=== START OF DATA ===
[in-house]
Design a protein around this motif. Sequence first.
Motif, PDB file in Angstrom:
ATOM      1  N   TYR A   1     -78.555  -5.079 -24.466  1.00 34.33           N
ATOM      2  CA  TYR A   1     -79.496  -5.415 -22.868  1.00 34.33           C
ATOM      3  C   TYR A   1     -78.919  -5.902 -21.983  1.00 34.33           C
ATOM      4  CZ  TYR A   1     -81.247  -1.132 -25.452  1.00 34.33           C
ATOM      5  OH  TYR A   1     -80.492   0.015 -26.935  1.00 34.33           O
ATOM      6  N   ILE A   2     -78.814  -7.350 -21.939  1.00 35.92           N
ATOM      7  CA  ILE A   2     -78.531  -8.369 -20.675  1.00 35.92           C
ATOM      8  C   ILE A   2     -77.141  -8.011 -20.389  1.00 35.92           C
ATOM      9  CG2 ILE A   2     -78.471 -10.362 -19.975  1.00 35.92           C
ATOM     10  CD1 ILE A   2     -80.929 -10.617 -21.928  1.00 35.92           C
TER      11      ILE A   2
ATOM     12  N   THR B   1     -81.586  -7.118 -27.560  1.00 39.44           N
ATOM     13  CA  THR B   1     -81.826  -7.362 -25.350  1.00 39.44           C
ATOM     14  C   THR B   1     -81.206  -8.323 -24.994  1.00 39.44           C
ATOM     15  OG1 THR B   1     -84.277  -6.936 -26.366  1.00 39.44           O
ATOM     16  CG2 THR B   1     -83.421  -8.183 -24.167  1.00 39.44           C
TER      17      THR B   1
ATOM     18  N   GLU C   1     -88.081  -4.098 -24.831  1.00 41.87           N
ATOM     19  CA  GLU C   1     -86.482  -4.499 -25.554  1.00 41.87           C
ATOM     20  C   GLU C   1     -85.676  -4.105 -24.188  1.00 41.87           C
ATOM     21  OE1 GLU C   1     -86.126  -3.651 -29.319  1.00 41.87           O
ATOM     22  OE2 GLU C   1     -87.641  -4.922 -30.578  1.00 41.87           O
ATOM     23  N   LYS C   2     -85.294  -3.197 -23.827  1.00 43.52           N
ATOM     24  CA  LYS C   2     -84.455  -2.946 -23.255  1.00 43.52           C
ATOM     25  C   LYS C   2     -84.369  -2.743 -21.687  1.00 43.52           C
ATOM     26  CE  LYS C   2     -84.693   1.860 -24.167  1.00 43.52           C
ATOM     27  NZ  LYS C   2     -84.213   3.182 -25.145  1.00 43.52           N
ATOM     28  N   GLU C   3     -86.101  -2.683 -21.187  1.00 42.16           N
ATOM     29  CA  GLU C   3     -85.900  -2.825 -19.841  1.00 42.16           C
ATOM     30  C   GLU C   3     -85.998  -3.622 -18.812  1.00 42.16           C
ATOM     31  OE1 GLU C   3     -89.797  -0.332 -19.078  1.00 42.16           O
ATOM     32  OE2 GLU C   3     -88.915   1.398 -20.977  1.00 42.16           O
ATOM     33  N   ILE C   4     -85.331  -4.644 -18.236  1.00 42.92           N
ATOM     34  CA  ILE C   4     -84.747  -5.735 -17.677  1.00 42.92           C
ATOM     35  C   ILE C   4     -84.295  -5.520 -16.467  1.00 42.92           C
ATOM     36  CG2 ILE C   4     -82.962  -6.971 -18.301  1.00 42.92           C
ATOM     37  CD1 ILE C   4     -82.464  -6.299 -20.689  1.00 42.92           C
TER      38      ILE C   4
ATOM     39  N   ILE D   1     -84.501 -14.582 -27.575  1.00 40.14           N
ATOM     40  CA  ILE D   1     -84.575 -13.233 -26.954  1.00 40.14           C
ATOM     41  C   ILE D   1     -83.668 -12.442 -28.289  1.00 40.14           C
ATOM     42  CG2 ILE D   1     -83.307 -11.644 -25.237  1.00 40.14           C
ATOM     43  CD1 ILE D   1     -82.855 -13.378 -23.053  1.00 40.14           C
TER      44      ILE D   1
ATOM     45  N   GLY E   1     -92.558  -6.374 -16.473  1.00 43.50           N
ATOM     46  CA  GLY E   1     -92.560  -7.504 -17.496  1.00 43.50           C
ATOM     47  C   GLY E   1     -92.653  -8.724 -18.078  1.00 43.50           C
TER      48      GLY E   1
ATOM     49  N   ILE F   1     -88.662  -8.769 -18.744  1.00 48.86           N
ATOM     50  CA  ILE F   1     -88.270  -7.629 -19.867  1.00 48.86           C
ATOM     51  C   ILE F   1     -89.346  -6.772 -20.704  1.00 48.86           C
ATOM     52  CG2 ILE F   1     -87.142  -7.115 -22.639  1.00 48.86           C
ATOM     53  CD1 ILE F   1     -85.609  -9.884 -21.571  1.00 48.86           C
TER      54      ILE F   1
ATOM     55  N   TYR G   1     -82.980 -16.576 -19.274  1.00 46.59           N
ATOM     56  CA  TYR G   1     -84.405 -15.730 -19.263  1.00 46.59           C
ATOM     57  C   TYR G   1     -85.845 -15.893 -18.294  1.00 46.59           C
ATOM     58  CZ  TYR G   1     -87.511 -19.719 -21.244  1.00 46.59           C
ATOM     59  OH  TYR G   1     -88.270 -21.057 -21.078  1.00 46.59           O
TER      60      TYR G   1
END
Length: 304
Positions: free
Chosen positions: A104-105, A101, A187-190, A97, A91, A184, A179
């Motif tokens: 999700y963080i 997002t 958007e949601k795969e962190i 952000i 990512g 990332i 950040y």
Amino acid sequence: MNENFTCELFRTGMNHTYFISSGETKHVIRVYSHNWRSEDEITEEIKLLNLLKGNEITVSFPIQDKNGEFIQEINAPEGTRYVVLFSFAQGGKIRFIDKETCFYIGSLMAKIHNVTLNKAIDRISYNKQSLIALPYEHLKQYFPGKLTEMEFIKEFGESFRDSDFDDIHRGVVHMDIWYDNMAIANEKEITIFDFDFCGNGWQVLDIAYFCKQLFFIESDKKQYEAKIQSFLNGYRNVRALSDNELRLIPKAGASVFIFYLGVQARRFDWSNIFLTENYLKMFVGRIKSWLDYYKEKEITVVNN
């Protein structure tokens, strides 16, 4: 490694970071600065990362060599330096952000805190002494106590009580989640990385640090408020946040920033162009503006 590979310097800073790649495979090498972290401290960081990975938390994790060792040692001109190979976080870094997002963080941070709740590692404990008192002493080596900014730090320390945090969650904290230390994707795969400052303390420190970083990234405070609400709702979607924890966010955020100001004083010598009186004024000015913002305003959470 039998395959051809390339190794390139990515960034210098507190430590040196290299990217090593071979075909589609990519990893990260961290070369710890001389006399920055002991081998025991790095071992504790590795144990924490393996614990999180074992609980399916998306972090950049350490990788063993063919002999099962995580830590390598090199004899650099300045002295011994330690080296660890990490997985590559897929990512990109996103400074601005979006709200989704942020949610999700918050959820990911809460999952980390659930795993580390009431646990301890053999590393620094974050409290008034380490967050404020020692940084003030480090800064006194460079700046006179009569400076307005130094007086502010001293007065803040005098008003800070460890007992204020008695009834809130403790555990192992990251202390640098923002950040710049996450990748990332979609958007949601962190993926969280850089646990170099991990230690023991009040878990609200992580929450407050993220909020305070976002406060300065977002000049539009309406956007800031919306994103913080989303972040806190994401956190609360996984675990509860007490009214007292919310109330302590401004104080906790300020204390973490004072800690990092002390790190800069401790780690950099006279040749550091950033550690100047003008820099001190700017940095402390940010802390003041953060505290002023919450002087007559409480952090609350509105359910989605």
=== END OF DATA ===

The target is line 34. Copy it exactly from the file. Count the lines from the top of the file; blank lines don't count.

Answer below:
ATOM     31  OE1 GLU C   3     -89.797  -0.332 -19.078  1.00 42.16           O